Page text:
Fuschillo Re-Elected in 8th Senate District

Incumbent State Senator captures 65 percent of the vote.

State Sen. Charles Fuschillo will be returning to Albany for a seventh term. The Merrick Republican was re-elected Tuesday night, soundly defeating Democrat Carol Gordon.

With 99 percent of precincts reporting, Fusscillo received  65 percent of the vote, compared to Gordon's 35 percent.

He captured 50,979 votes to Gordon's 27,948. Although Fuschillo captured a whopping 67 percent of the vote in Nassau County, he actually trailed Gordon in the portion of the district that goes into Suffolk County.

"I'm honored that the community has once again placed its trust, faith, and confidence in me," Fuschillo said "I am grateful for their support and will continue to fight for the issues that are important to us; creating jobs, cutting taxes, and reducing spending."

Fuschillo, 50, who was first elected in the eighth district in 1998,  ran on the Republican, Conservative, Independence and Tax Revolt Party lines. He campaigned on an anti-tax pro-business agenda, often trumpeting his vote against the MTA payroll tax passed in 2009,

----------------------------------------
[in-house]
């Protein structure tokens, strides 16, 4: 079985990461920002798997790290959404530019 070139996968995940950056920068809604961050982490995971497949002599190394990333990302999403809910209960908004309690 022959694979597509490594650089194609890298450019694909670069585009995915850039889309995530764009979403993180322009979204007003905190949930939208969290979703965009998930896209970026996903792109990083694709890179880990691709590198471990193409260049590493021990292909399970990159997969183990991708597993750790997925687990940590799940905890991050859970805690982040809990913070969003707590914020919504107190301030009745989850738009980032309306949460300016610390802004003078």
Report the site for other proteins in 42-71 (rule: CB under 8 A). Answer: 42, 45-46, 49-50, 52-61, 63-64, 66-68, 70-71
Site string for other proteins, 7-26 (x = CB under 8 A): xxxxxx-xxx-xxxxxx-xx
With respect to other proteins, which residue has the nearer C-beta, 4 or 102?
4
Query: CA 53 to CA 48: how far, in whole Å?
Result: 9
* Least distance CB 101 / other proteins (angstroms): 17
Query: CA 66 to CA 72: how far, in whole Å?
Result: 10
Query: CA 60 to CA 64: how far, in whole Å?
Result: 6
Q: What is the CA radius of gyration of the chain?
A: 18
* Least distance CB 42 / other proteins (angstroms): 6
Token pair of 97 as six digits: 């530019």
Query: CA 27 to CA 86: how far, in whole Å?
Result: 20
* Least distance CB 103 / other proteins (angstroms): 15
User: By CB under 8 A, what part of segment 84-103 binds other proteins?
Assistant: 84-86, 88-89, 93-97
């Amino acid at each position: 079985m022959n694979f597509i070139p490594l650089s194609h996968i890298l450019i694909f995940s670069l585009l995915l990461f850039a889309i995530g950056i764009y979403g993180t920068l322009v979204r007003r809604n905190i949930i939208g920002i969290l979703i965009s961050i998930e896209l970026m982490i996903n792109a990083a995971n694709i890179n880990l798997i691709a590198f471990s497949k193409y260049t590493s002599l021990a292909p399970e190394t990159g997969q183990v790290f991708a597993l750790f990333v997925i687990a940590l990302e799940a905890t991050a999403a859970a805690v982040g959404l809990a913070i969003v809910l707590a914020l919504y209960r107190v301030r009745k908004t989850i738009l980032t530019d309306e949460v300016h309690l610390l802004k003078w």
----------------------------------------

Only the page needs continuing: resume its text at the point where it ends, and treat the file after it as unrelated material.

He proposed a plan to give tax credits to businesses that hire new employees and supported a cap on property taxes, as well as a cap on spending.

Fuschillo also touted his record in Albany.  A member of the Senate's Transportation Committee, Fuschillo has sponsored or authored many anti-drunk driving laws. Among them was "Leandra's Law, which makes it a felony to drive drunk with a child under 15 inside a vehicle, even if it's a first offense.

The Senator  sponsored laws which lowered the state's legal blood alcohol content and toughened penalties for repeat offenders.

Gordon, 57, who lives in Massapequa, has worked as a mental health clinic manager and has been a patient advocate for veterans.  She's also been active in many community organizations.

She ran on the Democratic and working families lines. She supported providing more funding for community banks to give small business loans and advocated a state owned bank like one in North Dakota. A major part of her campaign was devoted to educating and empowering the electorate.

Gordon had run for the seat before, losing to Fuschillo 61 to 39 percent, in 2008.

Although she trailed by a wide margin, Gordon would not concede the race early Wednesday morning, saying she wanted to wait until the remaining votes were counted.


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